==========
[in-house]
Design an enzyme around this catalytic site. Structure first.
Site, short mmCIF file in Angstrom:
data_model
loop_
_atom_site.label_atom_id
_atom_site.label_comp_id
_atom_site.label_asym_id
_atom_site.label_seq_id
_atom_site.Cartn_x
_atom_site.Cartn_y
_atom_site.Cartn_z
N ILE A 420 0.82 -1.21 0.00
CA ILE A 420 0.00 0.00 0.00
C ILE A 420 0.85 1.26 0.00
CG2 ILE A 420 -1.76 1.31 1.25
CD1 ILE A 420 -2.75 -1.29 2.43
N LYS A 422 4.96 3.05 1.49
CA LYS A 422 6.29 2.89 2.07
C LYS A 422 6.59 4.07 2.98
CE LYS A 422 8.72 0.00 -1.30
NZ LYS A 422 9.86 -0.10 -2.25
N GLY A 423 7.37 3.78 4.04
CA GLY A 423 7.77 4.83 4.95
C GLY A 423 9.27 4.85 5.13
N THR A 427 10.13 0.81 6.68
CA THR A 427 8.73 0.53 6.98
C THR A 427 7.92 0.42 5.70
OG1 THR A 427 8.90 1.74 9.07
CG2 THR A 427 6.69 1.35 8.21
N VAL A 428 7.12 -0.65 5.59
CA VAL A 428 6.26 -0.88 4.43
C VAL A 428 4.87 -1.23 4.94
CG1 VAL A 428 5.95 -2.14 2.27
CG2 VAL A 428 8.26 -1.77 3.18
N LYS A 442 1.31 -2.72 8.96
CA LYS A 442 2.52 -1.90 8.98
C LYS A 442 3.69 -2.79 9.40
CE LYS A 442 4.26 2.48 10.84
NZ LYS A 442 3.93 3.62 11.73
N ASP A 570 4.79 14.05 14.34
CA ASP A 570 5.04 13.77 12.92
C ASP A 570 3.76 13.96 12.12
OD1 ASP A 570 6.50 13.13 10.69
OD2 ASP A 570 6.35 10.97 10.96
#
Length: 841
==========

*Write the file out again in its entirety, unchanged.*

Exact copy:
[in-house]
Design an enzyme around this catalytic site. Structure first.
Site, short mmCIF file in Angstrom:
data_model
loop_
_atom_site.label_atom_id
_atom_site.label_comp_id
_atom_site.label_asym_id
_atom_site.label_seq_id
_atom_site.Cartn_x
_atom_site.Cartn_y
_atom_site.Cartn_z
N ILE A 420 0.82 -1.21 0.00
CA ILE A 420 0.00 0.00 0.00
C ILE A 420 0.85 1.26 0.00
CG2 ILE A 420 -1.76 1.31 1.25
CD1 ILE A 420 -2.75 -1.29 2.43
N LYS A 422 4.96 3.05 1.49
CA LYS A 422 6.29 2.89 2.07
C LYS A 422 6.59 4.07 2.98
CE LYS A 422 8.72 0.00 -1.30
NZ LYS A 422 9.86 -0.10 -2.25
N GLY A 423 7.37 3.78 4.04
CA GLY A 423 7.77 4.83 4.95
C GLY A 423 9.27 4.85 5.13
N THR A 427 10.13 0.81 6.68
CA THR A 427 8.73 0.53 6.98
C THR A 427 7.92 0.42 5.70
OG1 THR A 427 8.90 1.74 9.07
CG2 THR A 427 6.69 1.35 8.21
N VAL A 428 7.12 -0.65 5.59
CA VAL A 428 6.26 -0.88 4.43
C VAL A 428 4.87 -1.23 4.94
CG1 VAL A 428 5.95 -2.14 2.27
CG2 VAL A 428 8.26 -1.77 3.18
N LYS A 442 1.31 -2.72 8.96
CA LYS A 442 2.52 -1.90 8.98
C LYS A 442 3.69 -2.79 9.40
CE LYS A 442 4.26 2.48 10.84
NZ LYS A 442 3.93 3.62 11.73
N ASP A 570 4.79 14.05 14.34
CA ASP A 570 5.04 13.77 12.92
C ASP A 570 3.76 13.96 12.12
OD1 ASP A 570 6.50 13.13 10.69
OD2 ASP A 570 6.35 10.97 10.96
#
Length: 841